A Beginner’s Guide to Intermittent Fasting

eating chicken breast with fork

Emmi Carr

Bachelor’s Student in Public Health

Are you intrigued by intermittent fasting? Thinking of trying it?

Intermittent fasting—or periodic abstinence from food and/or drink—can take many forms, from the number of fasting days to which days you restrict calories to the recommended amount of calories you cut from your diet.1

Some of intermittent fasting’s proposed benefits include weight loss, improved metabolic health, diabetes prevention, and increased longevity.

Intermittent fasting has been proven safe and effective, and some of its proposed benefits include weight loss, improved metabolic health, diabetes prevention, and increased longevity.1,2 However, intermittent fasting can be difficult, and it is not recommended for certain groups, such as those with advanced diabetes, pregnant women, and individuals who have a history of eating disorders.1,2 It is important to know which options might work best for you as a beginner and to consult with your provider if you are or might be in one of the groups for whom fasting is not recommended.

Styles of Intermittent Fasting

Here are brief descriptions of some of the more common styles of intermittent fasting:

  1. Fast for a set number of hours each day: You have a window of time during which you eat, and you then fast for the remainder of the day. The number of hours fasted is unique to each individual.1,3
  2. Alternate-Day Fasting: Alternate-day fasting allows you to eat normally on non-fast days, but you then restrict the number of calories consumed on fast days to around 25% of your usual intake.1,3 Normal caloric intake ranges anywhere from 1,600 to 2,400 for women and from 2,000 to 3,000 for men depending on age and level of physical activity.4
  3. The 5:2 Plan: The 5:2 plan is similar to alternate-day fasting. On five days of the week, you eat normally. On the other two days of the week, you restrict the number of calories consumed to around 500–600. Fast days should not be consecutive days.1,3
  4. Weekly 24-Hour Fast: With this style, you eat normally six days out of the week but fast completely during a 24-hour period. This style can be very difficult to maintain since it requires consuming only liquids for 24 hours straight.1,3

Which Style Is Best for Beginners?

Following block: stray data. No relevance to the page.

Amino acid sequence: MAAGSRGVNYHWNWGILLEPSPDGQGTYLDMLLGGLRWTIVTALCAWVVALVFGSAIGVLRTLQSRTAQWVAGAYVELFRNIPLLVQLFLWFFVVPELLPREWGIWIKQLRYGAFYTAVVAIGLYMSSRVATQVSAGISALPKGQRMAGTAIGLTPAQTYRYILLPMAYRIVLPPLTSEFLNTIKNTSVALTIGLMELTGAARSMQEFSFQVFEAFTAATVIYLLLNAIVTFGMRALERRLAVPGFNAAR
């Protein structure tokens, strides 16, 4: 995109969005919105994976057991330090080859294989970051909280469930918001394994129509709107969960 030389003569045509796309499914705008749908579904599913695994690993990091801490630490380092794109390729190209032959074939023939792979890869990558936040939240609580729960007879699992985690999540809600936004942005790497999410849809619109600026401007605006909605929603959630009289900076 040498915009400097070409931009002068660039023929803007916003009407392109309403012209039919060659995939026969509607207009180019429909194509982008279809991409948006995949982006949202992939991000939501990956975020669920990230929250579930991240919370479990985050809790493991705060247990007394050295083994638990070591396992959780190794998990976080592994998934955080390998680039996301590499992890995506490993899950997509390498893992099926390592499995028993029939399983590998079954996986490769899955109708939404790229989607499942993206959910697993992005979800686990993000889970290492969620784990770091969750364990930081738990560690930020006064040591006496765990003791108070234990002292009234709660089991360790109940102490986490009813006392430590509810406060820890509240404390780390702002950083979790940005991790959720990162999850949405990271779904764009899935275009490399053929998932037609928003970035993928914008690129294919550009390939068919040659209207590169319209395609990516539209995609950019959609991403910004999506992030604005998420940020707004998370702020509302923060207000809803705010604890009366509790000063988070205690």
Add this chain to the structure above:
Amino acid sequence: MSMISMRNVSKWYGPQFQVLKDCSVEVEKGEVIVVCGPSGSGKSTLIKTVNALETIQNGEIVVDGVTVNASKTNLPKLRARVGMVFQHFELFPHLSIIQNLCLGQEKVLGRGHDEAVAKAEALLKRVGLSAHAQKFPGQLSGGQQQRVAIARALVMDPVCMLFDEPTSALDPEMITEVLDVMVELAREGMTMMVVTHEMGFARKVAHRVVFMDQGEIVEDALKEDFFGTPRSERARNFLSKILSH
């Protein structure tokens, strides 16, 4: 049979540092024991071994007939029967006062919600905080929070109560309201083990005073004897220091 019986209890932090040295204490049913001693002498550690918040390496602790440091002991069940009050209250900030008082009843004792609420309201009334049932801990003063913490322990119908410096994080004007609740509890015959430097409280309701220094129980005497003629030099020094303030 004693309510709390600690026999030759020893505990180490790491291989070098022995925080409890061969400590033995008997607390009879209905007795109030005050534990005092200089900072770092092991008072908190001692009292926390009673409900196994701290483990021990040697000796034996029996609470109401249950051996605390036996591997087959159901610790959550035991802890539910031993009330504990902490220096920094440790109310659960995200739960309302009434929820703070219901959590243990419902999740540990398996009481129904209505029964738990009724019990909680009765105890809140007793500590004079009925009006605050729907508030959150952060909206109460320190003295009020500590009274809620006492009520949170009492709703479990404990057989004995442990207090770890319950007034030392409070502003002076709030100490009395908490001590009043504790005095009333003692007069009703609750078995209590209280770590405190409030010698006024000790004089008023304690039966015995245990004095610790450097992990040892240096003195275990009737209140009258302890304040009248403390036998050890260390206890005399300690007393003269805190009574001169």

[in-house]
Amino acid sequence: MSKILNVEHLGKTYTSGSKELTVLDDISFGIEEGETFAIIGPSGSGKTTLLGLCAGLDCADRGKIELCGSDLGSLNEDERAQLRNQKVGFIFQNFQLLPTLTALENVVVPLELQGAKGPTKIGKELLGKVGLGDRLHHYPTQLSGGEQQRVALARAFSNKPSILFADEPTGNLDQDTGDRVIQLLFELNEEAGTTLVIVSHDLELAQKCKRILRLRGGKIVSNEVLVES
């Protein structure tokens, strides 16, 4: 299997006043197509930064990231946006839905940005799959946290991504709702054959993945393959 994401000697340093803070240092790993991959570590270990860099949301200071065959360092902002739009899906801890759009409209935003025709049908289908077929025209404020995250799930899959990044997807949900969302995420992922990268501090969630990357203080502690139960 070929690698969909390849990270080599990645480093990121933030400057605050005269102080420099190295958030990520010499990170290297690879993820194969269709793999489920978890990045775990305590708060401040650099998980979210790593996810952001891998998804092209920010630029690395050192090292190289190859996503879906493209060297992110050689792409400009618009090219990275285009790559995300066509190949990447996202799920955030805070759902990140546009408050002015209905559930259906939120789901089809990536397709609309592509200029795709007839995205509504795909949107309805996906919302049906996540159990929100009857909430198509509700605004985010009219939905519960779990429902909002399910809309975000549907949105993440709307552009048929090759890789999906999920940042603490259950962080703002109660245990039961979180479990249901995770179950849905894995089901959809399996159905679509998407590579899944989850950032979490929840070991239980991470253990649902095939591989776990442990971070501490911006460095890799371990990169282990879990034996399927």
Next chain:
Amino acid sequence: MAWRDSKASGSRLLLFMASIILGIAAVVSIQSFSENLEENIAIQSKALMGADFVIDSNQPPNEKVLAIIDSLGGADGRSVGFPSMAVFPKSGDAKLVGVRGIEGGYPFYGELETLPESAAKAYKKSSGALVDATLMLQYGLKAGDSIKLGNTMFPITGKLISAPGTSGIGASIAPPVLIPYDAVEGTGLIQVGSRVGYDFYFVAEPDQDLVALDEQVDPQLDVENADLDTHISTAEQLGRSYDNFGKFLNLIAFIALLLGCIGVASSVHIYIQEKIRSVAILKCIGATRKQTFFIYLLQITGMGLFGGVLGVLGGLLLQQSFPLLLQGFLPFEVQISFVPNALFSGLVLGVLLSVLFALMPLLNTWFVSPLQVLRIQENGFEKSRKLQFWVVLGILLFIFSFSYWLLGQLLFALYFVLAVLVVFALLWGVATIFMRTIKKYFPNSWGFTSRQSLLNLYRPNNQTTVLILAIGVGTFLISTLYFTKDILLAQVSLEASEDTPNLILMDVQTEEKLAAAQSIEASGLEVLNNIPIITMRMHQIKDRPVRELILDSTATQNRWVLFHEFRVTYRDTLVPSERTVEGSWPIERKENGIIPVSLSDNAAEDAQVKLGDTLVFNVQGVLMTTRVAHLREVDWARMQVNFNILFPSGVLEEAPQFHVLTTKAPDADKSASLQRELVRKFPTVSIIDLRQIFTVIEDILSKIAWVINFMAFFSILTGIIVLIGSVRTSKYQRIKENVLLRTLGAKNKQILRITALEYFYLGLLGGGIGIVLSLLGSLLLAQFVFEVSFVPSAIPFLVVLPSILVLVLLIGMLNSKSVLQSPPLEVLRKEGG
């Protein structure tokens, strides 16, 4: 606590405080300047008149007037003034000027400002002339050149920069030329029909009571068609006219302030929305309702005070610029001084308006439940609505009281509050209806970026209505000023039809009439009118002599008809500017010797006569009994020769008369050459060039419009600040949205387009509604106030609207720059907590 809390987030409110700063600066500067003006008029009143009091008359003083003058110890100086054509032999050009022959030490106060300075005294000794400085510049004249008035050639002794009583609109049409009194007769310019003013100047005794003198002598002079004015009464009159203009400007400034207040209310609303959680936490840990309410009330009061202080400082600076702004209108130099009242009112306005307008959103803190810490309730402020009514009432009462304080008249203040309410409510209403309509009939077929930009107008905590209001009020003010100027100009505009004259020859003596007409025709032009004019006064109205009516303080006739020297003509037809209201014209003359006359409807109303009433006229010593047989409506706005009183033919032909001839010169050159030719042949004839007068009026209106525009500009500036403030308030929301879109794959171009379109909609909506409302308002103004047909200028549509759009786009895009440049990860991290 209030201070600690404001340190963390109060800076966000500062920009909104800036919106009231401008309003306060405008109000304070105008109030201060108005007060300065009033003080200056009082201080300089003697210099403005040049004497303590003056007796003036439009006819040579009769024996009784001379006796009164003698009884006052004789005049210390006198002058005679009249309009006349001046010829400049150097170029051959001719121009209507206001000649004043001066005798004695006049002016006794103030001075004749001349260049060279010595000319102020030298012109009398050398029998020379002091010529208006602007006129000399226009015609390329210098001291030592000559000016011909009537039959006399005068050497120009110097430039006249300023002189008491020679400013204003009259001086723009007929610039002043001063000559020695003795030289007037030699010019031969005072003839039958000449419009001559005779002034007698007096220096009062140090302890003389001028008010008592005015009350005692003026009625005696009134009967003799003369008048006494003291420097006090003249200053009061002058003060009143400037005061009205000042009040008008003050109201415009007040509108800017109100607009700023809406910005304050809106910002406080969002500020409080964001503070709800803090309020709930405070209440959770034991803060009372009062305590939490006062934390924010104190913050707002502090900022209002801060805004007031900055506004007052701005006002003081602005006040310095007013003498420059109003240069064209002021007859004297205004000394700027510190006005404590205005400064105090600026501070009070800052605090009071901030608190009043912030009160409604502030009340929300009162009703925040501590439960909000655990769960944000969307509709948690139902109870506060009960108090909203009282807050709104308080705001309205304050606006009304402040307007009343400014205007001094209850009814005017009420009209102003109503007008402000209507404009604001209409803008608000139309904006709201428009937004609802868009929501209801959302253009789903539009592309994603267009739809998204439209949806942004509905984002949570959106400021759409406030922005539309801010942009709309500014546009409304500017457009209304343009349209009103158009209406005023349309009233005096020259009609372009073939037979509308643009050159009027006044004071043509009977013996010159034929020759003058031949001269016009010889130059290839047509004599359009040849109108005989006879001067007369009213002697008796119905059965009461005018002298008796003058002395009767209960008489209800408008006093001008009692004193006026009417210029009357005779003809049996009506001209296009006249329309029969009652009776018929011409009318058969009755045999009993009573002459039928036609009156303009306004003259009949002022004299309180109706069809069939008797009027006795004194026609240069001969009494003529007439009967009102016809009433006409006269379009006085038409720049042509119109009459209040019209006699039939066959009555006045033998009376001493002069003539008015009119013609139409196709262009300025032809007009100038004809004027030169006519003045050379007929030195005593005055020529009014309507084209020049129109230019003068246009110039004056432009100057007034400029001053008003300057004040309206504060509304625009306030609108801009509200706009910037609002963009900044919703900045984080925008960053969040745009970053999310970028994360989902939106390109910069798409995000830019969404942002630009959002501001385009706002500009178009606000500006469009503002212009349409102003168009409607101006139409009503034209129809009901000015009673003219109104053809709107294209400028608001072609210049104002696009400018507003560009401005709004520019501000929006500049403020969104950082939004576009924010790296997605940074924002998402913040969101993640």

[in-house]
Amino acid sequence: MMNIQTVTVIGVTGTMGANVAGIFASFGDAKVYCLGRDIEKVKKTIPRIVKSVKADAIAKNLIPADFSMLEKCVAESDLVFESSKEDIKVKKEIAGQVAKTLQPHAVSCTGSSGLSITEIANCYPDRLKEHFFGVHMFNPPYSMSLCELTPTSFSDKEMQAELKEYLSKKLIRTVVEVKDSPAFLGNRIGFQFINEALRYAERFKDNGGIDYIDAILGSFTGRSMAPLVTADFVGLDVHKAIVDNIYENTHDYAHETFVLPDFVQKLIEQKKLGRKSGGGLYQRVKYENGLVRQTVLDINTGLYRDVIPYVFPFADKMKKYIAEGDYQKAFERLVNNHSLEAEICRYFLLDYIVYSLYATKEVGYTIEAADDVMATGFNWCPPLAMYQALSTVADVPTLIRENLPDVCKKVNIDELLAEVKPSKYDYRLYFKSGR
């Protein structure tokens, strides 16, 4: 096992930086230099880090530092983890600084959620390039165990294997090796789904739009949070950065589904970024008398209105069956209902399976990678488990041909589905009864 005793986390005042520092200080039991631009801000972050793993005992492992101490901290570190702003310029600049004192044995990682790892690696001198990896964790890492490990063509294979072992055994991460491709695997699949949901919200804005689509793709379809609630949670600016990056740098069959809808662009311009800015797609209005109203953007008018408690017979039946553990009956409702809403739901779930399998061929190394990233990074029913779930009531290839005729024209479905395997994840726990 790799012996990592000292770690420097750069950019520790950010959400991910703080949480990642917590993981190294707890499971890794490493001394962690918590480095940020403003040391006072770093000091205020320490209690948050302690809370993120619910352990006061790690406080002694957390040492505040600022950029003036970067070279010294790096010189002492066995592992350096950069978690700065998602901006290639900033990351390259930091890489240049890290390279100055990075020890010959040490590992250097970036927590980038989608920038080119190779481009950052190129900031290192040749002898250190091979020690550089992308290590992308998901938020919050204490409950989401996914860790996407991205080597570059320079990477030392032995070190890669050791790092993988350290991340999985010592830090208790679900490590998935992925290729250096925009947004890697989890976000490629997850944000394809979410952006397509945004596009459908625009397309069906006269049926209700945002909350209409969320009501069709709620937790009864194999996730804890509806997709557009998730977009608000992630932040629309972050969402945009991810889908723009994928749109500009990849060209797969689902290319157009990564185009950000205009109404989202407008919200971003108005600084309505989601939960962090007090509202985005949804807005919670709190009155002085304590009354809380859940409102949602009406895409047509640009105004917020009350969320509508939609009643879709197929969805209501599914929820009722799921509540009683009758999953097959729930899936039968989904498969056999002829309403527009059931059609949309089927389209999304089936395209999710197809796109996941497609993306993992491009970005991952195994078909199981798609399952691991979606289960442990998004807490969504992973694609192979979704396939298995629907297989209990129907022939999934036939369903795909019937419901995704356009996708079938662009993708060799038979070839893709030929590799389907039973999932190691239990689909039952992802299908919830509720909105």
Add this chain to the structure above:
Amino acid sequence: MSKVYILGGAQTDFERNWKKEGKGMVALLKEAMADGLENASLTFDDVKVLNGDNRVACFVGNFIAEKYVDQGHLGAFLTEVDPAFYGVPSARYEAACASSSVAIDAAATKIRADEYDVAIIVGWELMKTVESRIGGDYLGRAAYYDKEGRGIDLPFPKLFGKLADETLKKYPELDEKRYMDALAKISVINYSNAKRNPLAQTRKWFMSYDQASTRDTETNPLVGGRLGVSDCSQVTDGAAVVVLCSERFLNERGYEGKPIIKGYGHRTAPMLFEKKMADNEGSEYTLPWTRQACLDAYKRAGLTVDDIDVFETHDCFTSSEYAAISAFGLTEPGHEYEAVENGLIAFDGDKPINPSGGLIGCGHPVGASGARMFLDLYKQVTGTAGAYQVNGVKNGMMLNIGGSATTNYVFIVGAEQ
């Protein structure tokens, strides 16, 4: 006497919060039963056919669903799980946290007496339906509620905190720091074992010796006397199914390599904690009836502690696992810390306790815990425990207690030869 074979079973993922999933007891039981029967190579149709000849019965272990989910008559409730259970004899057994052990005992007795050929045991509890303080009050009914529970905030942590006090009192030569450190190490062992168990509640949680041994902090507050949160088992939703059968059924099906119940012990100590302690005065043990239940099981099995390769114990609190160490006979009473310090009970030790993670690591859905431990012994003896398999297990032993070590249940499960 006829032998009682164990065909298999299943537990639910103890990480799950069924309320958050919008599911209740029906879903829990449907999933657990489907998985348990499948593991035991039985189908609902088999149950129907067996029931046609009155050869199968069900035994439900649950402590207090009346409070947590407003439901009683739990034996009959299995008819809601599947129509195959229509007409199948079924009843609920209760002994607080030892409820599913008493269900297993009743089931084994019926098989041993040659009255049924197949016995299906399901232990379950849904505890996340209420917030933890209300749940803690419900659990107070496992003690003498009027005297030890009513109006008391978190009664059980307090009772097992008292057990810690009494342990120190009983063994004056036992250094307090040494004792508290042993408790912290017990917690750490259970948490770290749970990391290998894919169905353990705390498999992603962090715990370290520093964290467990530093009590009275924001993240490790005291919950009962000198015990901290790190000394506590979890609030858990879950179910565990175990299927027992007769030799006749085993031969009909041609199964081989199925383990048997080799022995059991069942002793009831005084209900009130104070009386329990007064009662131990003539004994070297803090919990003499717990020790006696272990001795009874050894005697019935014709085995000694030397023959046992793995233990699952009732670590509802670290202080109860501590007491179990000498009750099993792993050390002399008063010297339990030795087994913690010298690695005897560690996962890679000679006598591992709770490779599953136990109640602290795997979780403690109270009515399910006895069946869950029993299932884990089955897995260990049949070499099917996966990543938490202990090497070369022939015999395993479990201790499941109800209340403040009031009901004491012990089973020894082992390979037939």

intermittent fasting daily schedule sampleSome of the styles described above can be very difficult for beginners since they require long periods of time where you eat nothing or very little. A good option for beginners, then, is to fast for a set number of hours each day. This option allows you to start with fasting for around 12 hours a day, most of which you will be asleep. After you get more comfortable with 12-hour fasts, you can slowly lengthen the time of the fast. With this in mind, a common intermittent fasting schedule is 16:8 intermittent fasting, where you eat during an 8-hour period of the day and fast for the remaining 16 hours.1,3 An example schedule of this is shown below.

As we said above, intermittent fasting may not be a good option for everyone. If it is a healthy option for you, choose the most realistic and achievable style.1 And always keep in mind that the quality of food you consume is still of utmost importance. In general, eating nutritious foods is just as important as adherence to an intermittent fasting schedule.1,3


  1. Leonard J. Seven ways to do intermittent fasting. Medical News Today. 2018. https://www.medicalnewstoday.com/articles/322293.php
  2. Tello M. Intermittent fasting: surprising update. Harvard Health Blog. 2018. https://www.health.harvard.edu/blog/intermittent-fasting-surprising-update-2018062914156
  3. Gunnars K. 6 popular ways to do intermittent fasting. Healthline. 2017. https://www.healthline.com/nutrition/6-ways-to-do-intermittent-fasting
  4. U.S. Department of Health and Human Services and U.S. Department of Agriculture. 2015–2020 Dietary Guidelines for Americans. 8th ed. 2015. http://health.gov/dietaryguidelines/2015/


Emmi CarrErmioni (Emmi) Carr is a recent graduate from the University of Michigan School of Public Health. She graduated with a Bachelor of Science in Public Health Sciences and a minor in Applied Statistics. She will begin the Master of Health Informatics program at the University of Michigan in the fall, where she will explore the intersection of health with technology and data.